The death toll after the floods in parts of Belgium over a week ago has risen to 41, while two people are still missing, announced Walloon Minister-President Elio Di Rupo at a press conference on Tuesday.
While Di Rupo could not yet give an estimate of the total damage, he stated that 202 of the 262 Walloon municipalities are eligible to apply for help from the Disaster Fund.
“This gives you the scale of the drama we are experiencing,” he said.
Additionally, the Walloon government will set up a mechanism to facilitate donations, “because we will need a lot of money” for reconstruction, according to Di Rupo.
Among several measures that Di Rupo announced is the launch of a stock market of 750 containers to accommodate economic activities destroyed by the floods, as well as measures to remove pests and oil pollution.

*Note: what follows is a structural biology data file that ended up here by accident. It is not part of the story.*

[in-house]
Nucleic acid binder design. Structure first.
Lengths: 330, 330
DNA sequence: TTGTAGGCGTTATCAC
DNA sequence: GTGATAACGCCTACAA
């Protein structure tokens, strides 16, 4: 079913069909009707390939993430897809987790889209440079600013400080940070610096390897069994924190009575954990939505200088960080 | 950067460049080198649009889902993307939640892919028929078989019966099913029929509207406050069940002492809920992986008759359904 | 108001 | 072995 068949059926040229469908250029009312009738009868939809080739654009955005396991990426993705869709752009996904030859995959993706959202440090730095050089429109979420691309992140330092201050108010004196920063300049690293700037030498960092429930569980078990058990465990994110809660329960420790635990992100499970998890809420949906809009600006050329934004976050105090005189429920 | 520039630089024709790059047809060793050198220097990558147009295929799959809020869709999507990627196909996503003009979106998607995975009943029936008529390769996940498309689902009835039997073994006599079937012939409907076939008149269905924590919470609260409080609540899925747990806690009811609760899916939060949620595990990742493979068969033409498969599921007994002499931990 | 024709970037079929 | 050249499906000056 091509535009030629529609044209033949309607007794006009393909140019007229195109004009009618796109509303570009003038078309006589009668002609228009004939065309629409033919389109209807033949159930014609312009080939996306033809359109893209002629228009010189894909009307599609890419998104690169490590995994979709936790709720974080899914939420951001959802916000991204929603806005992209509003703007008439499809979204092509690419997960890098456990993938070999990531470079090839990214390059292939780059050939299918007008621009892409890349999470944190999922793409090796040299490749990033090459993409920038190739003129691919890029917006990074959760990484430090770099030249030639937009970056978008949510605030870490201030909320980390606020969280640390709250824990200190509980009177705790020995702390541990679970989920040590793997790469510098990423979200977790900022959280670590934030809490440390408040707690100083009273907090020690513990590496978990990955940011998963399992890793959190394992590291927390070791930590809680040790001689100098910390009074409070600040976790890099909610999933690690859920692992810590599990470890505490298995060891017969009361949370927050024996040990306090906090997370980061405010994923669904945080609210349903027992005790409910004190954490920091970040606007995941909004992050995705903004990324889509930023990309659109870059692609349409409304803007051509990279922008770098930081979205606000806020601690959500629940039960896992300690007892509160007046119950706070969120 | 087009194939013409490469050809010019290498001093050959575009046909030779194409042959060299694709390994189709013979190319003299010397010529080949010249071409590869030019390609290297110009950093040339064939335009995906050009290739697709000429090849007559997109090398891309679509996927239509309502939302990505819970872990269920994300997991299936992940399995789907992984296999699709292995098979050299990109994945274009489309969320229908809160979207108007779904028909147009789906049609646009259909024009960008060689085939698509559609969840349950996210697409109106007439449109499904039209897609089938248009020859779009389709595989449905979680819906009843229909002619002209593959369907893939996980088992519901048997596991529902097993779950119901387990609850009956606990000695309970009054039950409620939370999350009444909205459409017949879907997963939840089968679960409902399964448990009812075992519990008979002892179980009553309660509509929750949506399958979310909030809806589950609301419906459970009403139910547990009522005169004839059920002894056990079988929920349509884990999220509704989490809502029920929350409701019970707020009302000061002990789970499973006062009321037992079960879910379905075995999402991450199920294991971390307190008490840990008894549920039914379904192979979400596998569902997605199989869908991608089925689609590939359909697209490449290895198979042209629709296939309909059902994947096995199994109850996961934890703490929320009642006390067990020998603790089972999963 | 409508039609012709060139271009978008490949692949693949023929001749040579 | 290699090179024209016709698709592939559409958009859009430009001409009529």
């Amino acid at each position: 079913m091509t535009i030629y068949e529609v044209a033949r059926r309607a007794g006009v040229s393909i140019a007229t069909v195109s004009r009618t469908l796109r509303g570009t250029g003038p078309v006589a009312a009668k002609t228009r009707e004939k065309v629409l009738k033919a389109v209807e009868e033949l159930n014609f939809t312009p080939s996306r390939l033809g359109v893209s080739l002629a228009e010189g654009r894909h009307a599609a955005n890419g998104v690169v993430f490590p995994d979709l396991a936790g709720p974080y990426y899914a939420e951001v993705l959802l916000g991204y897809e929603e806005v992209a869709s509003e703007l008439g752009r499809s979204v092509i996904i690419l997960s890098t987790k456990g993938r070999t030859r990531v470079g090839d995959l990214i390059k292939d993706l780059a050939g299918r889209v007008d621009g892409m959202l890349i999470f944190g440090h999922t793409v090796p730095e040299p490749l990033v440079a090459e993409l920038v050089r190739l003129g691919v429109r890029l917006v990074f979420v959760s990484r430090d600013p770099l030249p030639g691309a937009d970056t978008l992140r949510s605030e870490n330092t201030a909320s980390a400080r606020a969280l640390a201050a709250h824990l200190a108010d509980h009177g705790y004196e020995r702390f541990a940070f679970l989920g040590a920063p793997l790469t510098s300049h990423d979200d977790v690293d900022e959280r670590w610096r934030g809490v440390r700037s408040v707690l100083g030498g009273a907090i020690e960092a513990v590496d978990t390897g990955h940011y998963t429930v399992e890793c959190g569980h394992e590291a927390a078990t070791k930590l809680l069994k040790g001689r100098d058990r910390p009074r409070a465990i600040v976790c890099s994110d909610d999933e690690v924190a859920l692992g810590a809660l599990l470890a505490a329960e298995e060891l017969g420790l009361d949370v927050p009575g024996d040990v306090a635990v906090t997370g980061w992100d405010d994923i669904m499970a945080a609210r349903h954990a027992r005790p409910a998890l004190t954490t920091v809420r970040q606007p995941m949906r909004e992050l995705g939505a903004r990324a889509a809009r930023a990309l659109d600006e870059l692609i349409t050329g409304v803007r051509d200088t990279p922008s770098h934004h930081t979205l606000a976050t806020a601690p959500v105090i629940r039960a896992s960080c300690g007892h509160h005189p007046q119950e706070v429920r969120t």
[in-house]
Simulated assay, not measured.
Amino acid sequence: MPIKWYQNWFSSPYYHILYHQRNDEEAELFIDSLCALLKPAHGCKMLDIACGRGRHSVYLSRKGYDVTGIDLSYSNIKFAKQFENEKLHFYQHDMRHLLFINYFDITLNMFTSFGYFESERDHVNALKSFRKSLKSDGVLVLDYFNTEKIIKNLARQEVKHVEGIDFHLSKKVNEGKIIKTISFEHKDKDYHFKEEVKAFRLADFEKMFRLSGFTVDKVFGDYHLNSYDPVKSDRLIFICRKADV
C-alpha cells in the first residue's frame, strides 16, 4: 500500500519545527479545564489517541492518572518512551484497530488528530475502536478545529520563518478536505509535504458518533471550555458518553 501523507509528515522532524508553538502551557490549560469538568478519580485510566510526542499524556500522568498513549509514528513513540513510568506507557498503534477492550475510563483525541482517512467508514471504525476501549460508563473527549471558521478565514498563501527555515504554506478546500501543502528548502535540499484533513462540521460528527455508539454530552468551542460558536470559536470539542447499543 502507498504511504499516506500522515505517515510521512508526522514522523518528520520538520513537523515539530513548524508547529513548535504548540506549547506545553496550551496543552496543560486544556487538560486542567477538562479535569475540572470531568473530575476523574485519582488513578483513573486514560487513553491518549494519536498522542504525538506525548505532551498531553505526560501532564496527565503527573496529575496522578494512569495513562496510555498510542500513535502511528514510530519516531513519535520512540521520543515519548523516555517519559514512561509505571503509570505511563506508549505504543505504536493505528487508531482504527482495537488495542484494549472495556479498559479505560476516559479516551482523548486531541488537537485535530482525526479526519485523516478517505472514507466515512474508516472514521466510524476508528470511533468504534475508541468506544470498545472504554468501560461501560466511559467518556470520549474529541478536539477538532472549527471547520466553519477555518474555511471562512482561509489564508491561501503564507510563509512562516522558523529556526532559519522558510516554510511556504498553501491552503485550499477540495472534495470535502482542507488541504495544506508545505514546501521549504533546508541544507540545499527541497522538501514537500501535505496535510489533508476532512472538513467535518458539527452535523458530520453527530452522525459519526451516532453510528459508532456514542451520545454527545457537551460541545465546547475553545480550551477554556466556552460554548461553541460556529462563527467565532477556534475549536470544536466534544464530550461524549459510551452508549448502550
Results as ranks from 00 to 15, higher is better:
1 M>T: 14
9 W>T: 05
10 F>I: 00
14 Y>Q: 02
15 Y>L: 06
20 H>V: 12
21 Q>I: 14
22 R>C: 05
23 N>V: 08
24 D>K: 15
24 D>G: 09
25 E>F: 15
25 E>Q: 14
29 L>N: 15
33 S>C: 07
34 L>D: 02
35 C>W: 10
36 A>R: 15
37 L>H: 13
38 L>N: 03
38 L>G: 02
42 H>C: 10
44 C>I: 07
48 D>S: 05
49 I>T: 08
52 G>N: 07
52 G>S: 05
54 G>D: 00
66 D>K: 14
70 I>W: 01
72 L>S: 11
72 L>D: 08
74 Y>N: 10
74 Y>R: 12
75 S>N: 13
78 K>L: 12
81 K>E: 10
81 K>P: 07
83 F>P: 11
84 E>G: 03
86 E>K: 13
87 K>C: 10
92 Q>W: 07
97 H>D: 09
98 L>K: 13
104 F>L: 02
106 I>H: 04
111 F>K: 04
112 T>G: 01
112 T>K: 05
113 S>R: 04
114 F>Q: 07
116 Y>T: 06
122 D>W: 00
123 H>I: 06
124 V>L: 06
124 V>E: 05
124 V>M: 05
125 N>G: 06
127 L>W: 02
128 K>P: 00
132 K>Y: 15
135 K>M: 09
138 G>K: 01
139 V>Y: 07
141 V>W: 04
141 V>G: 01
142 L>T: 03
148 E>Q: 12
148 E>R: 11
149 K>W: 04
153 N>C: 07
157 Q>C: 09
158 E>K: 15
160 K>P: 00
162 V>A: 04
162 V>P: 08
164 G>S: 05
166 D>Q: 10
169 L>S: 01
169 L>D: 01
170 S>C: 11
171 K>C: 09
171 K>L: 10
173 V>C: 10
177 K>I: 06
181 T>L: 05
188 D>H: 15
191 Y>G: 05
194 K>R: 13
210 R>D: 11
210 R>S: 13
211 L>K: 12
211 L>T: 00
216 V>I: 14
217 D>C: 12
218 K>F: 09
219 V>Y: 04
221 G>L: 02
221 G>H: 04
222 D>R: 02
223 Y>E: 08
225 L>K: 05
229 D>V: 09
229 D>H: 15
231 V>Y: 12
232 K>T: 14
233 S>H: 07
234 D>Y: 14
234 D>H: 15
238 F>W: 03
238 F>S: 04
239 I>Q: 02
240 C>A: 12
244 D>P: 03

To make sure that the reconstruction happens according to plan, a special commissariat is also being created, which will stay in place for at least one year, to act as a liaison between the various authorities involved.
Catherine Delcourt, who is the district commissioner of the province of Liège, and Sylvie Marique, who is the general secretary of the Walloon administration, will be in charge of the commissariat.
Additionally, Prime Minister Alexander De Croo added that Wallonia could continue to count on federal support, and that 250 soldiers are still on the scene.
On top of that, “the limit on donations from companies will be lifted,” he said, adding that at the moment, that limit is still €500,000 per year.
However, while regional authorities, governors and local authorities are taking over the task of further clean-up and reconstruction, the federal government – including the federal police and the Civil Protection – remains available for assistance as long as necessary, and where possible.